February is always a little tricky for scheduling events — there’s always the chance, no matter how slight, of snow. Last year I awoke to snow on the day my writing and meditation workshop was scheduled and I deliberated for a couple of hours whether to cancel it. Ultimately I went forward as the temperatures warmed up just in time to melt the snow. This Friday on the eve of my workshop, the Weather Channel predicted an 80% chance of snow with a 1″ accumulation for Saturday morning. I went to bed unsure whether the workshop would happen. Thankfully, though, the snow passed us by again here in Nashville. We may be one of only a few southern cities to have avoided snow this year – so far.
During the workshop everyone had a chance to read their writing in small, intimate groups or at the end of the day, to everyone there. Andrea Hewitt read a beautiful and inspiring essay she wrote that morning and I want to share it with you here:
When It’s Time to Fly
What touched me today was reading about the actress Ellen Page’s coming out and particularly watching the video on the Human Rights Campaign website. Here was this accomplished young actress speaking in front of a crowd–something I’m sure she has done many times before. You could hear the nervousness in her voice–the wavering and uncertainty.
But what I was most transfixed by were her hands. They were shaking so much that she had to hold them cupped together for almost the entire time. At one point, she let them go to make a point, and they were like tiny birds released, but still unsure of how high to fly.
About halfway through her speech when she finally said the words, “I’m gay,” and the audience stood and cheered for her, I thought, “Wouldn’t it be marvelous if everyone upon coming out had a cheering audience swelling with whoops of joy, mirroring back to you the terrifyingly awesome feeling of finally releasing your authentic self out of your mouth and into the world?”
It’s like watching a birth: the long wait and gestation before, the agonizing pains of labor, but then the deep knowing that there is no going backwards–in fact, what’s back no longer exists even–and you are propelled into a shiny, brand new, sparkling world that blinds you with its rightness. And you wonder how you ever lived in the dull past with you old, small, tightly-reined-in self.
Letting it all go–the expectations, the dreams of someone else for you, your own dreams that never quite fit no matter how you cut and sewed and re-sewed them–it’s the scariest thing ever. It’s tough enough to do that for yourself and your family & close friends privately, let alone on a widely-broadcast YouTube video.
But to live every day as authentically as you can–what a gift to yourself and the world! I could see the relief on her face when the words came out of her mouth. Naming ourselves, saying the words, and believing that you can say them and there will be a bridge to carry you to the other side requires such a leap of faith.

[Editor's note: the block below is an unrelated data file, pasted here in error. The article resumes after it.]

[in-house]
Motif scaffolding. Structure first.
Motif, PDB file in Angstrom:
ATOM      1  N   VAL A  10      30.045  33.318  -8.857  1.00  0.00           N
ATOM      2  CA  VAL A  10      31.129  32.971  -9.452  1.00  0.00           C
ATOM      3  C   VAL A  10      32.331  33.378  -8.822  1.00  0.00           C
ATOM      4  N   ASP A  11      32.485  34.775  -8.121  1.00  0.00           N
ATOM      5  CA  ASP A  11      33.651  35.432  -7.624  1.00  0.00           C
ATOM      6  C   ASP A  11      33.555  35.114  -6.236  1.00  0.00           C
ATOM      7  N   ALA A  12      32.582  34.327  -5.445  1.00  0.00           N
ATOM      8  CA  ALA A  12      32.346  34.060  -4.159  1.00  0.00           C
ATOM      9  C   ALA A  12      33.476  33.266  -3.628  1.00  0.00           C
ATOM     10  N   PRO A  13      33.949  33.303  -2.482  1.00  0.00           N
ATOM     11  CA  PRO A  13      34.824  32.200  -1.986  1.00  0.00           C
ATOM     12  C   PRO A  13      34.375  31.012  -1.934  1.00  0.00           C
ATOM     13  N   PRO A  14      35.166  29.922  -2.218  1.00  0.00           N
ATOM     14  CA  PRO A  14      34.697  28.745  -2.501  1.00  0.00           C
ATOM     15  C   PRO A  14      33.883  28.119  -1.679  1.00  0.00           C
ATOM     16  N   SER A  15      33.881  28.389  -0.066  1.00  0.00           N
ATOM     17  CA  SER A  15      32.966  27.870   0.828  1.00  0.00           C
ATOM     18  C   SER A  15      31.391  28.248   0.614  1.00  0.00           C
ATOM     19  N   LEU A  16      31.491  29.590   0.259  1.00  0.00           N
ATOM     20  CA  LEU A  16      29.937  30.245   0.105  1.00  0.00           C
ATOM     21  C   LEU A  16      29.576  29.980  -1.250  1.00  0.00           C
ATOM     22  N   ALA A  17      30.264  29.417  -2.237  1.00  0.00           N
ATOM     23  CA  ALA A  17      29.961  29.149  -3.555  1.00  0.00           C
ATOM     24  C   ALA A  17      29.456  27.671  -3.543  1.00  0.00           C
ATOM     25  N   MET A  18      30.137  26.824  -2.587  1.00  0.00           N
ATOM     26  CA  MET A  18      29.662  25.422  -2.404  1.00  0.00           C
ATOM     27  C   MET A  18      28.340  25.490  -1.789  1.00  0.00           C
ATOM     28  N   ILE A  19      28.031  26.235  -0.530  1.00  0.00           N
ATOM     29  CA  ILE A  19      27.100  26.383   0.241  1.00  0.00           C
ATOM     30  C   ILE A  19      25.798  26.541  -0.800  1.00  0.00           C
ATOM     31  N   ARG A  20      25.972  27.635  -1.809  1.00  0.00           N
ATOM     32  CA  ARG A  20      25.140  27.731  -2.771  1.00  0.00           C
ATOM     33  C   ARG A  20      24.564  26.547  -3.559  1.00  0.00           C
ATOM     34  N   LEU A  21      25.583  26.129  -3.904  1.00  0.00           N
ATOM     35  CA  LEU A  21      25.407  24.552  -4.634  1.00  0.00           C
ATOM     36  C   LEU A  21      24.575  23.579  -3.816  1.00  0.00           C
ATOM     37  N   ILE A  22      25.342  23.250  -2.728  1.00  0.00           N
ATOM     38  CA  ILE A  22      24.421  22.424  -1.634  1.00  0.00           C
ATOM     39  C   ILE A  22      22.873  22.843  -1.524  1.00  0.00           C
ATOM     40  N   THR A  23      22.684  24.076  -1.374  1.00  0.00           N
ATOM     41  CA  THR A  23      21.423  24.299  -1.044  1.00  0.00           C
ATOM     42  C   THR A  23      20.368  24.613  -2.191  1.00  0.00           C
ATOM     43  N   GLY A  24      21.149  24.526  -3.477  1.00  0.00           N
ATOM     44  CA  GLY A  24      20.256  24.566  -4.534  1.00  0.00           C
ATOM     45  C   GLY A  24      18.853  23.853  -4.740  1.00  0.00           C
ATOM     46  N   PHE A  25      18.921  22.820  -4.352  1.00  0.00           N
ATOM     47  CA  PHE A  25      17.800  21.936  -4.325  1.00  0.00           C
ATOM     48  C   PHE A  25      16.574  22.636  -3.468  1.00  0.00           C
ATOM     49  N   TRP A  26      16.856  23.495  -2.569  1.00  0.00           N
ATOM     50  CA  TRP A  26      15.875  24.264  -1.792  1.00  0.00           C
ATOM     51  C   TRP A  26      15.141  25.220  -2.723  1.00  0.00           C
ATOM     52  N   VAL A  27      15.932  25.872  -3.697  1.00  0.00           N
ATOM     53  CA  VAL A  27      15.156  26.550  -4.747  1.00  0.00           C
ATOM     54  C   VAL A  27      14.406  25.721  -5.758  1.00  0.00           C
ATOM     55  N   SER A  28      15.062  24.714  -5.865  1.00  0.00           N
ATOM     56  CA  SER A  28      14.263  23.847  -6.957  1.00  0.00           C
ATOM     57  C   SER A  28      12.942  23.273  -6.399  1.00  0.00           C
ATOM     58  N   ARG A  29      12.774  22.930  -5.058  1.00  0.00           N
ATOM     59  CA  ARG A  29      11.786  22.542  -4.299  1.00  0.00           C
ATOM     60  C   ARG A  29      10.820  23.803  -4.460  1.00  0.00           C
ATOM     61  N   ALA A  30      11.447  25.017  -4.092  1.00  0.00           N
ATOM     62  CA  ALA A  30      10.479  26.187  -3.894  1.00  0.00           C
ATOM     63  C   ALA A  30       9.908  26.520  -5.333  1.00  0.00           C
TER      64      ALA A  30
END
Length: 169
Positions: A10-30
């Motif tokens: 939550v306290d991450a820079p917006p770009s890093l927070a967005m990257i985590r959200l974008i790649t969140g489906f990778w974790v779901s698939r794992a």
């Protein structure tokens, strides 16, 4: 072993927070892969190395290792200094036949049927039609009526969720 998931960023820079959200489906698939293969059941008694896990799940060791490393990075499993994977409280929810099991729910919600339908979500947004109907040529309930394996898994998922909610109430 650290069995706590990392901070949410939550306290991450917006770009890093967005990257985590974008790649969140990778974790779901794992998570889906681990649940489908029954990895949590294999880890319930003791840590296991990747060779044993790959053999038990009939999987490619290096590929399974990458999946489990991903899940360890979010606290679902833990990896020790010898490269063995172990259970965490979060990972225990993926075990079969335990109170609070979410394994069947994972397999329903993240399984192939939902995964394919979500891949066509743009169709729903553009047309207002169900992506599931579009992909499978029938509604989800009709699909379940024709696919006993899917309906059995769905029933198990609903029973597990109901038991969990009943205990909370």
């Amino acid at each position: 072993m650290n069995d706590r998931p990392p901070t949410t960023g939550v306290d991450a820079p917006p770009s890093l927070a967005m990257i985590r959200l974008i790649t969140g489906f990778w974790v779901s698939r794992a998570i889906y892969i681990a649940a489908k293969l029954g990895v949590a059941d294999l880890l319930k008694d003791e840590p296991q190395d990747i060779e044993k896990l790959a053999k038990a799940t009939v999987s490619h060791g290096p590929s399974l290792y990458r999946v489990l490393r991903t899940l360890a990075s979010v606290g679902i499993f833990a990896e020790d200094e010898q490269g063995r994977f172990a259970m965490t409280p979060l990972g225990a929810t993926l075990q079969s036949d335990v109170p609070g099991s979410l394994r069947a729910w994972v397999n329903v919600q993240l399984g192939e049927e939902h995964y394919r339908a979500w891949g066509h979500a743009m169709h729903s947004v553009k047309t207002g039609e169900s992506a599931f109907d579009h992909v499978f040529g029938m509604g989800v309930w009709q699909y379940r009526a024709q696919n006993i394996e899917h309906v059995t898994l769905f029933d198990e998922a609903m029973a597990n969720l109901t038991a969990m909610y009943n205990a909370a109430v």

I remember testing out the words myself before I dared to speak them aloud to anyone. It felt like I had a tiny baby bird inside me–me, its nest–and it was time to push her out. Keeping her in the once-safe nest was no longer an option for that would only stunt her growth. I had to have faith that her wings were ready and strong enough to take on the world. It was her time to fly.
This dharma talk was recorded at InsightLA on October 13, 2013. It was part of a daylong retreat I taught about how to work with our questions in a way that can help us live from our truest intentions. You can listen here:
I was interviewed recently by Vincent Horn, founder of Buddhist Geeks, and we talked about how to work with questions in your practice. Unanswered questions, intractable situations often appear to stand in the way of living from our deepest intentions. We might feel blocked even from knowing what our true priorities are. But if we take time to turn inward with a spirit of patience and inquiry, instead of requiring the dilemmas to go away, or insisting on immediate resolutions, we can discover the resources that we need. Internal dilemmas contain a rich source of insight; learning to live with them brings about a radical shift that opens the door to clarity and equanimity.
You can click on the image below to access the podcast. I hope you enjoy it!
Please join us for a day of sitting and walking meditation at a beautiful, wooded site in rural West Nashville. True refuge is turning toward our experience and finding freedom in the way things are. This silent retreat will focus on cultivating a quality of compassionate presence that embraces our experience with kindness and insight.
Led by meditation teacher Lisa Ernst, the retreat is suitable for both beginning and experienced meditators; it will include sitting and walking meditation, practice instructions, and a dharma talk.
Cost: $50, plus dana (donation) to the teacher. A deposit of $50 will reserve your space and is due by Friday, March 7. Paypal is available here. If paying by check, please make it out to One Dharma Nashville and send to: 12South Dharma Center c/o One Dharma Nashville, 2301 12th Ave. South, Suite 202, Nashville, TN 37204. Please include your email address. Directions and additional information will be emailed prior to the retreat.